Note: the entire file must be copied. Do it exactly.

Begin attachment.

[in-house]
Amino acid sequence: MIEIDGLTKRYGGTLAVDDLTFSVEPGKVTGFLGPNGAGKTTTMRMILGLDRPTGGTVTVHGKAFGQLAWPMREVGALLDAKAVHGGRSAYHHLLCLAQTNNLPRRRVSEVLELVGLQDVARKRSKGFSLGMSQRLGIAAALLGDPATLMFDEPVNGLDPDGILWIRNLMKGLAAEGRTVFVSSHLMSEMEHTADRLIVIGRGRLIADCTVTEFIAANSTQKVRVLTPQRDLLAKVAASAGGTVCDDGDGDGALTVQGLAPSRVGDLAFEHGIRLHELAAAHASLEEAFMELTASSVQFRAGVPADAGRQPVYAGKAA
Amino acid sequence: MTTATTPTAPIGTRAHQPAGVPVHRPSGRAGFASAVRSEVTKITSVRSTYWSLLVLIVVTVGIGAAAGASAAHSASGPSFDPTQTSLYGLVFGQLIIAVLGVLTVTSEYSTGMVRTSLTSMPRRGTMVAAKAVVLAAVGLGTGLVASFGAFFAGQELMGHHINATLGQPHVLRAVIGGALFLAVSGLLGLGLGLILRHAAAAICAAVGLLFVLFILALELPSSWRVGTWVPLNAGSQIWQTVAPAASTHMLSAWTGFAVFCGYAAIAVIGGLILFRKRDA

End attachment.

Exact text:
[in-house]
Amino acid sequence: MIEIDGLTKRYGGTLAVDDLTFSVEPGKVTGFLGPNGAGKTTTMRMILGLDRPTGGTVTVHGKAFGQLAWPMREVGALLDAKAVHGGRSAYHHLLCLAQTNNLPRRRVSEVLELVGLQDVARKRSKGFSLGMSQRLGIAAALLGDPATLMFDEPVNGLDPDGILWIRNLMKGLAAEGRTVFVSSHLMSEMEHTADRLIVIGRGRLIADCTVTEFIAANSTQKVRVLTPQRDLLAKVAASAGGTVCDDGDGDGALTVQGLAPSRVGDLAFEHGIRLHELAAAHASLEEAFMELTASSVQFRAGVPADAGRQPVYAGKAA
Amino acid sequence: MTTATTPTAPIGTRAHQPAGVPVHRPSGRAGFASAVRSEVTKITSVRSTYWSLLVLIVVTVGIGAAAGASAAHSASGPSFDPTQTSLYGLVFGQLIIAVLGVLTVTSEYSTGMVRTSLTSMPRRGTMVAAKAVVLAAVGLGTGLVASFGAFFAGQELMGHHINATLGQPHVLRAVIGGALFLAVSGLLGLGLGLILRHAAAAICAAVGLLFVLFILALELPSSWRVGTWVPLNAGSQIWQTVAPAASTHMLSAWTGFAVFCGYAAIAVIGGLILFRKRDA